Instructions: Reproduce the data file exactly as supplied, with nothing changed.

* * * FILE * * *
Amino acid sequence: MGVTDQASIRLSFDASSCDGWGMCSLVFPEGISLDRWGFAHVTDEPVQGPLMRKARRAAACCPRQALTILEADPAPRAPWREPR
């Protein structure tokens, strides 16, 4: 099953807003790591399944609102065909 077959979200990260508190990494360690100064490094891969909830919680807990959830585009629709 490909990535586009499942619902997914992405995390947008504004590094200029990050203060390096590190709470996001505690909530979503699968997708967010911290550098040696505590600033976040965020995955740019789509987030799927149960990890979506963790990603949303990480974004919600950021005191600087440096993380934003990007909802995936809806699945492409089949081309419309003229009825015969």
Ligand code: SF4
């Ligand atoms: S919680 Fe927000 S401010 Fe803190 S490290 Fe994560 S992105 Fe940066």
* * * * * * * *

Amino acid sequence: MGVTDQASIRLSFDASSCDGWGMCSLVFPEGISLDRWGFAHVTDEPVQGPLMRKARRAAACCPRQALTILEADPAPRAPWREPR
């Protein structure tokens, strides 16, 4: 099953807003790591399944609102065909 077959979200990260508190990494360690100064490094891969909830919680807990959830585009629709 490909990535586009499942619902997914992405995390947008504004590094200029990050203060390096590190709470996001505690909530979503699968997708967010911290550098040696505590600033976040965020995955740019789509987030799927149960990890979506963790990603949303990480974004919600950021005191600087440096993380934003990007909802995936809806699945492409089949081309419309003229009825015969």
Ligand code: SF4
């Ligand atoms: S919680 Fe927000 S401010 Fe803190 S490290 Fe994560 S992105 Fe940066």